Now as an MH Fellow with YKA, she’s expanding her impressive scope of work further by launching a campaign to facilitate the process of ensuring better menstrual health and SRH services for women residing in correctional homes in West Bengal. The campaign will entail an independent study to take stalk of the present conditions of MHM in correctional homes across the state and use its findings to build public support and political will to take the necessary action.

Saurabh has been associated with YKA as a user and has consistently been writing on the issue MHM and its intersectionality with other issues in the society. Now as an MHM Fellow with YKA, he’s launched the Right to Period campaign, which aims to ensure proper execution of MHM guidelines in Delhi’s schools.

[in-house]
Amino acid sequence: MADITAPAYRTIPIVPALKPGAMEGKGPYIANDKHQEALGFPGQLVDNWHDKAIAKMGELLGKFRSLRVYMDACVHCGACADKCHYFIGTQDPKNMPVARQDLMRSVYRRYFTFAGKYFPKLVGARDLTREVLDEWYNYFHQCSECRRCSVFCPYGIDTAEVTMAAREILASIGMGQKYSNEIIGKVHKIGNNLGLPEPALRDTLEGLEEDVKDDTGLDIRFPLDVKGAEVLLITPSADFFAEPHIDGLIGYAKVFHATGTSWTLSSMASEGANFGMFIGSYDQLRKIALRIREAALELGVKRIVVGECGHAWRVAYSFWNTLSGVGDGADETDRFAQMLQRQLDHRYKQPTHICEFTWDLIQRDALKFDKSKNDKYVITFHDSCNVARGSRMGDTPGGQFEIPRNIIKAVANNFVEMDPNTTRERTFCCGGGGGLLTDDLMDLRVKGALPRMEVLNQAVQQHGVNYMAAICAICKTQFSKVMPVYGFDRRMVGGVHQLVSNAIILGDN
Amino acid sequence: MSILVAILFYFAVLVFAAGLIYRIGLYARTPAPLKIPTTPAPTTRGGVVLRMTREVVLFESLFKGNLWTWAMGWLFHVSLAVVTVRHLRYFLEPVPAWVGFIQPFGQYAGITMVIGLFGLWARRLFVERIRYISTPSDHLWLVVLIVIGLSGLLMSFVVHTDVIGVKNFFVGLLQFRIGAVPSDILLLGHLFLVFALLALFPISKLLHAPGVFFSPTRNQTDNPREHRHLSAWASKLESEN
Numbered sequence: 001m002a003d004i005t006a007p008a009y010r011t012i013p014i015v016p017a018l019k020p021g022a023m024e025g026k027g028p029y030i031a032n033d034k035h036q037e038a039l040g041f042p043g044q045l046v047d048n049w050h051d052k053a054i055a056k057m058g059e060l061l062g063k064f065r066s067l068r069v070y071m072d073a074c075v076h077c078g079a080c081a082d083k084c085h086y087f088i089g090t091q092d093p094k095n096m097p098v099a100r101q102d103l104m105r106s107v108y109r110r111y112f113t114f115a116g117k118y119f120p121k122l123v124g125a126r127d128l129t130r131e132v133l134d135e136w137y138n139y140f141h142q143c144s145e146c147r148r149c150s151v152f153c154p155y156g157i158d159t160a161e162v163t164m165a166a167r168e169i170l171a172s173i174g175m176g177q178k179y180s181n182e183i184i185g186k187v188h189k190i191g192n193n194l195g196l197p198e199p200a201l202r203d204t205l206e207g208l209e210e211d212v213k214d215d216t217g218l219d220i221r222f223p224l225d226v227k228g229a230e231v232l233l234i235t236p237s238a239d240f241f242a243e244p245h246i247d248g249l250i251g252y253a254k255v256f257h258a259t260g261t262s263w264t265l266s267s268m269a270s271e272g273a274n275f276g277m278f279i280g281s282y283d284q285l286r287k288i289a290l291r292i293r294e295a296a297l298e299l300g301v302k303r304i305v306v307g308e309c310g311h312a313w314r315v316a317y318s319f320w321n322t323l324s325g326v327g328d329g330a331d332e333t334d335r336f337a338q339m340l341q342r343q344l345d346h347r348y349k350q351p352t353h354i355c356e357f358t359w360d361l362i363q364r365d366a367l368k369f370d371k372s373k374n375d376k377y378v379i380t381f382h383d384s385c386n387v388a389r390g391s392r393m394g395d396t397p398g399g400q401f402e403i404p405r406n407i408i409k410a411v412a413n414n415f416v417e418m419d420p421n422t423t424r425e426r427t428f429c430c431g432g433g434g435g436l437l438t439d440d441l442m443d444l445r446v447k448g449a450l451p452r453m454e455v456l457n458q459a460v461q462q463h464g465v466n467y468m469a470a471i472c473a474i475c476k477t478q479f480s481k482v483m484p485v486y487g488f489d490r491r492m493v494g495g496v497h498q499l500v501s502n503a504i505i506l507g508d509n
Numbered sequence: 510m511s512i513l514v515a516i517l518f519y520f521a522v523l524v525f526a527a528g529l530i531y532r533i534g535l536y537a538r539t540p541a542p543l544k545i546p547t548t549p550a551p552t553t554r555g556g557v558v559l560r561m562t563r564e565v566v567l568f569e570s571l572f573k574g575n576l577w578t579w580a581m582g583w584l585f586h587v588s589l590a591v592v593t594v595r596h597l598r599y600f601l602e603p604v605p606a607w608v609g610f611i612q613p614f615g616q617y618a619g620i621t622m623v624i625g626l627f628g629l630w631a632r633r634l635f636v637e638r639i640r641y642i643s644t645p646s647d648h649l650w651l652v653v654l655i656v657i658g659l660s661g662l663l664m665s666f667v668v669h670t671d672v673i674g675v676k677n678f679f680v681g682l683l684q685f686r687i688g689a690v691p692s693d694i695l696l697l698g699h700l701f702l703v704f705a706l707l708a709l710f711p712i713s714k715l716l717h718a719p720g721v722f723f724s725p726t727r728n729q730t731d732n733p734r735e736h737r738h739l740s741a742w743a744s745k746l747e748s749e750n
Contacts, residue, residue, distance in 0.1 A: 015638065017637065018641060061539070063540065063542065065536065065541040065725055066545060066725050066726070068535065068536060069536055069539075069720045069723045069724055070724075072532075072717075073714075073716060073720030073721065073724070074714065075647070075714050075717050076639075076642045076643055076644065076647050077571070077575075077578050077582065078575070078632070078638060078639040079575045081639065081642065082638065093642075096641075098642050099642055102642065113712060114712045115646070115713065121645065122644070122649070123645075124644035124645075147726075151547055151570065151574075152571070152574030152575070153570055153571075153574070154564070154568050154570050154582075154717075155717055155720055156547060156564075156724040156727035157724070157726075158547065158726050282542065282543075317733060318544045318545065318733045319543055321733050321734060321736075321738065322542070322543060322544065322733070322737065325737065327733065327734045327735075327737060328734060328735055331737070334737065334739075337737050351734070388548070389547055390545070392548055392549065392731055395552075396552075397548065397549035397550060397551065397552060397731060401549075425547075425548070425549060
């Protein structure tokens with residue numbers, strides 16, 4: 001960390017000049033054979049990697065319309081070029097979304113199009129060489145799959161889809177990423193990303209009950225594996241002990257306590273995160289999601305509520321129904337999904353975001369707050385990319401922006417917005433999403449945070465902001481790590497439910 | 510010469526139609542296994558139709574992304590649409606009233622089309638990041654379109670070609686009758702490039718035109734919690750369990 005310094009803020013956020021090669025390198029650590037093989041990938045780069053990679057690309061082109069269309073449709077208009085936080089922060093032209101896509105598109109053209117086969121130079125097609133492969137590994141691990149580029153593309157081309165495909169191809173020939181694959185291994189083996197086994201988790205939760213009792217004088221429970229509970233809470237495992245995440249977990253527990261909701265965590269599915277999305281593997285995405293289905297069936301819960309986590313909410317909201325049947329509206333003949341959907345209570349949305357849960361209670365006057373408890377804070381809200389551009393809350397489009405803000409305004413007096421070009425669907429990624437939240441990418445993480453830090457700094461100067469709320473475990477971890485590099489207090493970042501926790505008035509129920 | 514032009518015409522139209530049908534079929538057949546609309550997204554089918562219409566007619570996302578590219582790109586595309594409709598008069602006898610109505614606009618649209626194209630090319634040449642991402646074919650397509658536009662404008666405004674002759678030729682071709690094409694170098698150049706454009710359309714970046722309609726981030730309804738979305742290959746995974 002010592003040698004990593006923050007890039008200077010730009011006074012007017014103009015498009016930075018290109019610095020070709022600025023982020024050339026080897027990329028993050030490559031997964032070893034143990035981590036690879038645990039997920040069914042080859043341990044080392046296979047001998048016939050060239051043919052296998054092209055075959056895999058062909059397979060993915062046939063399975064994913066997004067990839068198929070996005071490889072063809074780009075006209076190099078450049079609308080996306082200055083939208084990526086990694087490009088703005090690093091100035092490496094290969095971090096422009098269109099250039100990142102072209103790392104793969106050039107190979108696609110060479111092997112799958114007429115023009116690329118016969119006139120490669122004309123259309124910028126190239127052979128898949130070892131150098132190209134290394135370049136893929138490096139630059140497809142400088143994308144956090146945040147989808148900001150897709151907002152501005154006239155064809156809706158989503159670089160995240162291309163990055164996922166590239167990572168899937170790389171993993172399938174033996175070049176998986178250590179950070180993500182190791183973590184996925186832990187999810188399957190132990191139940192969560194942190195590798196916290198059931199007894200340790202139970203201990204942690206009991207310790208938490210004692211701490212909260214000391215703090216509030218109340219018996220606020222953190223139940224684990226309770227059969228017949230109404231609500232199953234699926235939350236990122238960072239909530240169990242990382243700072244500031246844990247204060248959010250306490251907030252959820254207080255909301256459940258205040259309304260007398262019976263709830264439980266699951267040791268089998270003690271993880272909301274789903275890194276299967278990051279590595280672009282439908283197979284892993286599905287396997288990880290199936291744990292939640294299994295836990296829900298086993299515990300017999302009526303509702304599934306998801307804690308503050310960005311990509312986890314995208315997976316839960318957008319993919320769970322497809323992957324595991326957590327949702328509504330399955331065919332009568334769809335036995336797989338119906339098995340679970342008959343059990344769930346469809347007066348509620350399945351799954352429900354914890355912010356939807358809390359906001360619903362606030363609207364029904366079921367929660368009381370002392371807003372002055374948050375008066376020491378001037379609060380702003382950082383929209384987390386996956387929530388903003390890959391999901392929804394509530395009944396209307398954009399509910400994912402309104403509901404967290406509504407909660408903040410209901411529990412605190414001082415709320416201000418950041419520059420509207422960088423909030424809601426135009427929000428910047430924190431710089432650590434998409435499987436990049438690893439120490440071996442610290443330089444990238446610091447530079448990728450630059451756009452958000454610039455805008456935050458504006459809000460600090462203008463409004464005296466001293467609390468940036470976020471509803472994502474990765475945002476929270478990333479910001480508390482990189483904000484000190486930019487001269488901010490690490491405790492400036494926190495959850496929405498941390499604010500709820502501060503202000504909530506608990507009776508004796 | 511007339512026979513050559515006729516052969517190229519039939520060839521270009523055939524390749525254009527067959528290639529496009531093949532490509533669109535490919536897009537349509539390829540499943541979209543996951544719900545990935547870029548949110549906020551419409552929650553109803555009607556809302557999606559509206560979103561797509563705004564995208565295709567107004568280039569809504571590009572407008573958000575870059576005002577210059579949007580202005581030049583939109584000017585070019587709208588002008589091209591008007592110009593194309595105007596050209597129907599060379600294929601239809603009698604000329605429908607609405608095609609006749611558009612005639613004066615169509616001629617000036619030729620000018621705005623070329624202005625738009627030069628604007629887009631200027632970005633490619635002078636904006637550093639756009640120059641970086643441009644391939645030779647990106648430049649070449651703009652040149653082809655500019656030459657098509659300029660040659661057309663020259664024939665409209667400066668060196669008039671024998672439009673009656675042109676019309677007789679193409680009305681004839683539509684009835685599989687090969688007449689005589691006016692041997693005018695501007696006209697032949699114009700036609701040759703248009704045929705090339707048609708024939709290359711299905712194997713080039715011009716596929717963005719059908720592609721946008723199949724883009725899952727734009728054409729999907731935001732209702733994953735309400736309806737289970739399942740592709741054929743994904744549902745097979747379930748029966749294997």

The long-term aim of the campaign is to develop an open culture where menstruation is not treated as a taboo. The campaign also seeks to hold the schools accountable for their responsibilities as an important component in the implementation of MHM policies by making adequate sanitation infrastructure and knowledge of MHM available in school premises.

Read more about his campaign.

Harshita is a psychologist and works to support people with mental health issues, particularly adolescents who are survivors of violence. Associated with the Azadi Foundation in UP, Harshita became an MHM Fellow with YKA, with the aim of promoting better menstrual health.